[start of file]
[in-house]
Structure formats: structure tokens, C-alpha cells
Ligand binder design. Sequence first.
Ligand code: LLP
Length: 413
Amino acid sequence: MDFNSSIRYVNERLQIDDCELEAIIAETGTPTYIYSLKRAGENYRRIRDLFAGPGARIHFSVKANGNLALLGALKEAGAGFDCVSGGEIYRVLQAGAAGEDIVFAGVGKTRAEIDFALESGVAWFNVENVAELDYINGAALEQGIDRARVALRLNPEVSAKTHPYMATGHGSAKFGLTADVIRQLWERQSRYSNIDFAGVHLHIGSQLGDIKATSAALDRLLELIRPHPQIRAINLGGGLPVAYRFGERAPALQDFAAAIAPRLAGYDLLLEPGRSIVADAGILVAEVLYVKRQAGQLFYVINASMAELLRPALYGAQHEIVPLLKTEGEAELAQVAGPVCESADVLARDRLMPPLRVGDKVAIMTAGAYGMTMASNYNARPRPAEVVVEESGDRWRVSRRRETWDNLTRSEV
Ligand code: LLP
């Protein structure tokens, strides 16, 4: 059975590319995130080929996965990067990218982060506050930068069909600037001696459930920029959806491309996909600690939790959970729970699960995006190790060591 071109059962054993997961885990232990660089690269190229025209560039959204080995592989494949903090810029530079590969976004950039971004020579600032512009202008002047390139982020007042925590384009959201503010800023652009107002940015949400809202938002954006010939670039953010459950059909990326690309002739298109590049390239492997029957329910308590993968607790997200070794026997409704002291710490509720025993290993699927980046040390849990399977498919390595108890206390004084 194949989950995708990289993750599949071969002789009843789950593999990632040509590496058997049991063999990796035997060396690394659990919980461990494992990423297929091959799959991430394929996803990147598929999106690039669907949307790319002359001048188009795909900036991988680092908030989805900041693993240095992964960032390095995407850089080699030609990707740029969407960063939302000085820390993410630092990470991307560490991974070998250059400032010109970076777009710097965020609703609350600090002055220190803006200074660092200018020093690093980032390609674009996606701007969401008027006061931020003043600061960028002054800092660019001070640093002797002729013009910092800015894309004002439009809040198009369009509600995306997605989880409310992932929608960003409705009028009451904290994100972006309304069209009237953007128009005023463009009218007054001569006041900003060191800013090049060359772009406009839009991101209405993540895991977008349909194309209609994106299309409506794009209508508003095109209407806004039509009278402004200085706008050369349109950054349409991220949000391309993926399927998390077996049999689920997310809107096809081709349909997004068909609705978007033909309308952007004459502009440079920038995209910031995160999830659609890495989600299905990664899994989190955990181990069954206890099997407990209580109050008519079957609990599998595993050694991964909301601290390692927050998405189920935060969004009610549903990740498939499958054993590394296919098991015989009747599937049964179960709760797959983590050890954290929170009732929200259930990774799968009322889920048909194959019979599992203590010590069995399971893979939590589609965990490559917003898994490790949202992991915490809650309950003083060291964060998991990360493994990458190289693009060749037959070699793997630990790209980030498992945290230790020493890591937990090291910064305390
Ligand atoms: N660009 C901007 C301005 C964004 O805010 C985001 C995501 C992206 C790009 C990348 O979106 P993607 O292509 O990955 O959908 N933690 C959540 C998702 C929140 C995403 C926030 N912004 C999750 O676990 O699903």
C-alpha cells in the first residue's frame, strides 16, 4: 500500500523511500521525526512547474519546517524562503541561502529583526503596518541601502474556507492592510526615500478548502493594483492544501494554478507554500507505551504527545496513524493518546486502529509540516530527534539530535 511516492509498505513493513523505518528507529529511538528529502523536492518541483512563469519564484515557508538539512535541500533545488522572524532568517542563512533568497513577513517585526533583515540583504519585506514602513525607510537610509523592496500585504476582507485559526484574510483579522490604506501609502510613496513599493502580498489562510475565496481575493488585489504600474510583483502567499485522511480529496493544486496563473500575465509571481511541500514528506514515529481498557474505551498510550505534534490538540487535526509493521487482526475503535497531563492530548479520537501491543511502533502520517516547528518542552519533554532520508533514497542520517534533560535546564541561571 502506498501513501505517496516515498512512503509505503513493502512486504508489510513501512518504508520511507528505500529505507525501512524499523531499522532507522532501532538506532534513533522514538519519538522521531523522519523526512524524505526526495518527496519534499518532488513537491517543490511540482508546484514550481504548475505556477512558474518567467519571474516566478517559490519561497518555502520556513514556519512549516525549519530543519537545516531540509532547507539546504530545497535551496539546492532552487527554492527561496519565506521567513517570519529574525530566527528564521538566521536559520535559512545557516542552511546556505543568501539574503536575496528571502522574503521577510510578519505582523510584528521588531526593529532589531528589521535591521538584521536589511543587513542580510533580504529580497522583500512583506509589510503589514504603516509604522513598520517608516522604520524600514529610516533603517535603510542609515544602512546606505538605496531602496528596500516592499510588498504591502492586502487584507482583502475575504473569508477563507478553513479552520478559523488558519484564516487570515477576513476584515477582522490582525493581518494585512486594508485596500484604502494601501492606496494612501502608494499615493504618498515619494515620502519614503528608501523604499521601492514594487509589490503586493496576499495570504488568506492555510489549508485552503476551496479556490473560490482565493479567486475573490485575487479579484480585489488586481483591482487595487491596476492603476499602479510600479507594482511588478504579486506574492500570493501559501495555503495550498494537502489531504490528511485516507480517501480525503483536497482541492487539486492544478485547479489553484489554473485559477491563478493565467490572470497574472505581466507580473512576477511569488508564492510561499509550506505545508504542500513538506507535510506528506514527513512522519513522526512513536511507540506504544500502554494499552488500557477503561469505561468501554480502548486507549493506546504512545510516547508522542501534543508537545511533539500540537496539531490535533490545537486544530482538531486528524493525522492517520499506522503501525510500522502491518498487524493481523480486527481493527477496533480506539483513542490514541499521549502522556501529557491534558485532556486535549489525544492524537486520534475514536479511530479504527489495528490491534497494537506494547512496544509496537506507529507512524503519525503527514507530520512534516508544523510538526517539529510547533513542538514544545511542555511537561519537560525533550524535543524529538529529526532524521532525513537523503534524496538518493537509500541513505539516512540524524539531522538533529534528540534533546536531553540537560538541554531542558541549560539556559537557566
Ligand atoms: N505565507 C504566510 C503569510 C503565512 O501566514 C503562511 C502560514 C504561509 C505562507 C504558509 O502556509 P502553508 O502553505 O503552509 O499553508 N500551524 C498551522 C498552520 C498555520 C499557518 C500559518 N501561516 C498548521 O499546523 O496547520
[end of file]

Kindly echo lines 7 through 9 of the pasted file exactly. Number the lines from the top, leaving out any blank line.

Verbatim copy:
Ligand code: LLP
């Protein structure tokens, strides 16, 4: 059975590319995130080929996965990067990218982060506050930068069909600037001696459930920029959806491309996909600690939790959970729970699960995006190790060591 071109059962054993997961885990232990660089690269190229025209560039959204080995592989494949903090810029530079590969976004950039971004020579600032512009202008002047390139982020007042925590384009959201503010800023652009107002940015949400809202938002954006010939670039953010459950059909990326690309002739298109590049390239492997029957329910308590993968607790997200070794026997409704002291710490509720025993290993699927980046040390849990399977498919390595108890206390004084 194949989950995708990289993750599949071969002789009843789950593999990632040509590496058997049991063999990796035997060396690394659990919980461990494992990423297929091959799959991430394929996803990147598929999106690039669907949307790319002359001048188009795909900036991988680092908030989805900041693993240095992964960032390095995407850089080699030609990707740029969407960063939302000085820390993410630092990470991307560490991974070998250059400032010109970076777009710097965020609703609350600090002055220190803006200074660092200018020093690093980032390609674009996606701007969401008027006061931020003043600061960028002054800092660019001070640093002797002729013009910092800015894309004002439009809040198009369009509600995306997605989880409310992932929608960003409705009028009451904290994100972006309304069209009237953007128009005023463009009218007054001569006041900003060191800013090049060359772009406009839009991101209405993540895991977008349909194309209609994106299309409506794009209508508003095109209407806004039509009278402004200085706008050369349109950054349409991220949000391309993926399927998390077996049999689920997310809107096809081709349909997004068909609705978007033909309308952007004459502009440079920038995209910031995160999830659609890495989600299905990664899994989190955990181990069954206890099997407990209580109050008519079957609990599998595993050694991964909301601290390692927050998405189920935060969004009610549903990740498939499958054993590394296919098991015989009747599937049964179960709760797959983590050890954290929170009732929200259930990774799968009322889920048909194959019979599992203590010590069995399971893979939590589609965990490559917003898994490790949202992991915490809650309950003083060291964060998991990360493994990458190289693009060749037959070699793997630990790209980030498992945290230790020493890591937990090291910064305390
Ligand atoms: N660009 C901007 C301005 C964004 O805010 C985001 C995501 C992206 C790009 C990348 O979106 P993607 O292509 O990955 O959908 N933690 C959540 C998702 C929140 C995403 C926030 N912004 C999750 O676990 O699903």